In spite of attending a primary school that featured a large scallop shell on its badge, the first time I encountered scallops seriously was on BBC TV’s Masterchef programme. A few years ago, as the humble and diminutive seafood exploded in popularity, it felt like almost every other dish on the show was something with scallops – crushed peas and black pudding being among the favourites.

World famous

While this tasty shellfish has long been a target for fishermen off the UK coast, it’s only really in the 21st century that it has become such a sought after and popular ingredient. And such has been that meteoric rise to fame that the town of Rye, world famous for its scallops, now devotes an entire week of celebration to the tasty gem.

The first Rye Bay Scallop Week was held in 2003. It has grown in popularity year on year and when the 17th event kicks off on Saturday, 23 February, it will be difficult to move in the beautiful historic town without encountering some sort of scallop related activity.

Putting Rye on the culinary map

As well as special scallop dishes, menus and tastings at numerous pubs and restaurants across the town the event also promises cookery schools and demonstrations, talks, quizzes, live music and more! It’s a fitting tribute to a small and succulent seafood which is of vital significance for the town’s fishing industry and which has definitely played its part in helping to put the town firmly on the culinary map.

Since medieval times, Rye and Rye Bay have been a source for succulent scallops. In 1628, King Charles himself referred to Rye as “the cheapest sea-towne for provision of fish in our house.”  The region’s fit-for-a-king seafood is sourced by Rye’s fishing fleet which moors nearly two miles from the sea, but still manages to bring in hundreds of thousands of scallops each year!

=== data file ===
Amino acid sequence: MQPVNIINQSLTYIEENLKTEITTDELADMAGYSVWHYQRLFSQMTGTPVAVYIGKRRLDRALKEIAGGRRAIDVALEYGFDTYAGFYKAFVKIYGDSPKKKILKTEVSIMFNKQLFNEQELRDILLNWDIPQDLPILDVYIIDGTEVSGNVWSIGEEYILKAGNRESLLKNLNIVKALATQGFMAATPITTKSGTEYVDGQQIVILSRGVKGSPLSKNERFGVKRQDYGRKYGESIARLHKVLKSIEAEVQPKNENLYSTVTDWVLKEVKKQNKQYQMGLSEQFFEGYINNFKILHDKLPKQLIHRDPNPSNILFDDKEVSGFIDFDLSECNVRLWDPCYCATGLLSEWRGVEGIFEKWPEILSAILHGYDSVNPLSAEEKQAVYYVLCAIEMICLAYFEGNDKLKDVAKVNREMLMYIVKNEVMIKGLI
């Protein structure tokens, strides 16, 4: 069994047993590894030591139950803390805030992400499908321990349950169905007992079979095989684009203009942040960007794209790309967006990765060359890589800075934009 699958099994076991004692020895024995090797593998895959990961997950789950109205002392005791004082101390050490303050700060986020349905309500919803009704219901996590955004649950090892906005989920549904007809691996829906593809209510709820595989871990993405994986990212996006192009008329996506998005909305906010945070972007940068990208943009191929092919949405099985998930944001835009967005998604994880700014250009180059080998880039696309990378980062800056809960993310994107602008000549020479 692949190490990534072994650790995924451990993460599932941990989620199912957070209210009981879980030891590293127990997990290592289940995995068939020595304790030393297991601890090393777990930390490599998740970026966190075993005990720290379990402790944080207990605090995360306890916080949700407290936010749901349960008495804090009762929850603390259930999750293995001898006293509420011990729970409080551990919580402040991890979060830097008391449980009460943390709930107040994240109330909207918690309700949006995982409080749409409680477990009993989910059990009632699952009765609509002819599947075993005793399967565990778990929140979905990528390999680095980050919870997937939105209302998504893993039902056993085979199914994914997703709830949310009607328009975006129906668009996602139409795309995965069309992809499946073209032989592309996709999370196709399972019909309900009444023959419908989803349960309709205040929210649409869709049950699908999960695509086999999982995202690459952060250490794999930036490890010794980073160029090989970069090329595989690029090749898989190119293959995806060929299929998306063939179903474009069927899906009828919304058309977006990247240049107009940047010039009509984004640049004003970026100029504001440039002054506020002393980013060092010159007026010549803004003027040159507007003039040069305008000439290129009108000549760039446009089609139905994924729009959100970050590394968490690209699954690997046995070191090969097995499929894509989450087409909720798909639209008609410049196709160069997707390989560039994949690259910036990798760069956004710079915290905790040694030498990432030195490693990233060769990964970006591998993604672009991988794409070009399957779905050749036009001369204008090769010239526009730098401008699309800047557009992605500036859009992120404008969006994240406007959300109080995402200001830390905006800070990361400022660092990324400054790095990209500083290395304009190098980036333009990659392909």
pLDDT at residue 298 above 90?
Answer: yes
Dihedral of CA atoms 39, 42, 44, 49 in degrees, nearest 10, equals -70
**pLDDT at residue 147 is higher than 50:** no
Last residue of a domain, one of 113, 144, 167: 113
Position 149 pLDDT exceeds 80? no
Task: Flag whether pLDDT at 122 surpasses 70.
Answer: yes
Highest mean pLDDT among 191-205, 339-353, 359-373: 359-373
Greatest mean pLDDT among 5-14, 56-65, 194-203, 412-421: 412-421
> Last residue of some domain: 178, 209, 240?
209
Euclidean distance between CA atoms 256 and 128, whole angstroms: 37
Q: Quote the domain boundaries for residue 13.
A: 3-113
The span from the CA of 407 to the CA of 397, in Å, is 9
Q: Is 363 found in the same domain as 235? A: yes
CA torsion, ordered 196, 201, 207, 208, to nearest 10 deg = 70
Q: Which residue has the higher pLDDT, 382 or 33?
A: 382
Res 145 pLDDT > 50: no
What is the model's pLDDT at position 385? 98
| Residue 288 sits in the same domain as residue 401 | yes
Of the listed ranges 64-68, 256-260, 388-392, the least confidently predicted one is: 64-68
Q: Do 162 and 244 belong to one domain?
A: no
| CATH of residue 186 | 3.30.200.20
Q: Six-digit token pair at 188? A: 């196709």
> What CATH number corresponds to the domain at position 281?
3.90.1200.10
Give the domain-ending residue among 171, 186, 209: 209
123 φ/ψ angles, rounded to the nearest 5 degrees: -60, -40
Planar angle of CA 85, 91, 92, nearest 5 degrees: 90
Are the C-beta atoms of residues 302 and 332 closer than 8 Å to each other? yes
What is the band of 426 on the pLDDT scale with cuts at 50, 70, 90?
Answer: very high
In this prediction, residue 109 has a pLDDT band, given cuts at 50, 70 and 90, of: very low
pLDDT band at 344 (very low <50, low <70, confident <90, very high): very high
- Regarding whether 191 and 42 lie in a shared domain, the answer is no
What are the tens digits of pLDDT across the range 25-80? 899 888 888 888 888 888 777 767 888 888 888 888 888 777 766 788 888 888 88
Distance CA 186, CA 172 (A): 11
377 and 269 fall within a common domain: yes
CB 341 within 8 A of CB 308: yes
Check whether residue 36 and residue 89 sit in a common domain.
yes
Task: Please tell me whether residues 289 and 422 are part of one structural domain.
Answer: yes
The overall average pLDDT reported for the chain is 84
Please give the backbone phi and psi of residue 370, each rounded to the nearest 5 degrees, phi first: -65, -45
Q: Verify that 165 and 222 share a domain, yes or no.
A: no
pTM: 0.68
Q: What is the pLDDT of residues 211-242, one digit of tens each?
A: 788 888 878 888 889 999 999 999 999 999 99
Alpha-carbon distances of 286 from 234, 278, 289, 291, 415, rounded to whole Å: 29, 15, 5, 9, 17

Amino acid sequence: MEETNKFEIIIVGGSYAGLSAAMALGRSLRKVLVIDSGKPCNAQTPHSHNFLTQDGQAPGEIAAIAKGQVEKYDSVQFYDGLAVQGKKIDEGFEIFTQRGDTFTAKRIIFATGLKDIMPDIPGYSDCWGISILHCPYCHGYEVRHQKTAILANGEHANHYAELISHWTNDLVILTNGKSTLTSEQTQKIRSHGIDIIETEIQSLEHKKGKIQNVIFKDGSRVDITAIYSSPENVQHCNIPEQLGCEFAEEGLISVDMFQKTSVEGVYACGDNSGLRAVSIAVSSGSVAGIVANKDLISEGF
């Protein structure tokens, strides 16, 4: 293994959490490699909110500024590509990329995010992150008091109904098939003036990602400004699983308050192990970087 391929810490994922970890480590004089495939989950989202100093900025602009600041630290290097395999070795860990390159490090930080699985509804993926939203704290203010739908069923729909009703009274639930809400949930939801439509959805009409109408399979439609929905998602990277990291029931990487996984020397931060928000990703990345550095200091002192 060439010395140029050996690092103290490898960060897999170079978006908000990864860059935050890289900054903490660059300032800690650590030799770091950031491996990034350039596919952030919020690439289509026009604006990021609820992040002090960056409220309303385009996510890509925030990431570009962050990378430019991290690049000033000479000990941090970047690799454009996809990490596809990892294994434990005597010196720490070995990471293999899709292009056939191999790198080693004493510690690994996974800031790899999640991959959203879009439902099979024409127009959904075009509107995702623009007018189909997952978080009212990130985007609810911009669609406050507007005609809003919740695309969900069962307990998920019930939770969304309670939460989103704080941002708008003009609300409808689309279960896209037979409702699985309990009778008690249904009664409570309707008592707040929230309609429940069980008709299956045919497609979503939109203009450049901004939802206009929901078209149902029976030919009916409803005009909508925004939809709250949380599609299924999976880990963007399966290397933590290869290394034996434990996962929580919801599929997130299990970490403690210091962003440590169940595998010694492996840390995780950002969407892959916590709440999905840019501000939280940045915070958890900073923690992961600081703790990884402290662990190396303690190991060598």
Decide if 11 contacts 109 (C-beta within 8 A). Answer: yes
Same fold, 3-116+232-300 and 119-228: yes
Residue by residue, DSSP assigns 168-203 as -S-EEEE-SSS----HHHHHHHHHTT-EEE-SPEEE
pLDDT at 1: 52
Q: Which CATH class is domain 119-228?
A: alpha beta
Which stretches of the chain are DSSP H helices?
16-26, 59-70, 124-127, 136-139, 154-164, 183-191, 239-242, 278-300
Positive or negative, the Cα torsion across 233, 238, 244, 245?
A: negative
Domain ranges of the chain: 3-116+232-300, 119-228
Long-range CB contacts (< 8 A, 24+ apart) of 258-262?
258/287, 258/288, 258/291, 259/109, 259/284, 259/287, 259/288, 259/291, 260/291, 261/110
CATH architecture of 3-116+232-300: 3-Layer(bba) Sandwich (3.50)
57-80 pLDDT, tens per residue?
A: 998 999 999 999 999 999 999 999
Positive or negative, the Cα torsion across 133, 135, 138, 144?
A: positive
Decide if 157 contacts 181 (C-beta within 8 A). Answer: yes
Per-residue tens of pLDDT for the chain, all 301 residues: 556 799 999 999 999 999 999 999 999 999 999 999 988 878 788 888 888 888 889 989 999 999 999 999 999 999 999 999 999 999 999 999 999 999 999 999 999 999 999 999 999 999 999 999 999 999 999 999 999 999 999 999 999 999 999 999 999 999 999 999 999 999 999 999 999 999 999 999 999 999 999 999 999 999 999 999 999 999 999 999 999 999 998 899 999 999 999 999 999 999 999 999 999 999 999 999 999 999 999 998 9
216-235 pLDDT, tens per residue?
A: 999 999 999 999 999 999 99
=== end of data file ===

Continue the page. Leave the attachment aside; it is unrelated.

Strict controls

But the catch is strictly controlled. Local bye-laws restricting the fishermen to harvesting their scallop catch from 1st November until the 30th April and there are also size restrictions on the catch, leaving the smaller scallops in the water for future years. The beds are checked regularly and allowed to regenerate when necessary.

The festival marks the peak of the scallop season – they’ll be at their best for the next few weeks – and over the week of the festival thousands of scallops will be shucked and sold, from food trucks, market stalls and the many pubs and restaurants which serve the town’s residents and visitors.

As well as being extremely delicious, scallops also owe their recent popularity to their health benefits, too. They are acknowledged as an excellent source of protein, calcium, iron and vitamin B12.

For more information on the celebratory festival week and the host of events taking place, visit the festival website Rye Bay Scallop Week 2019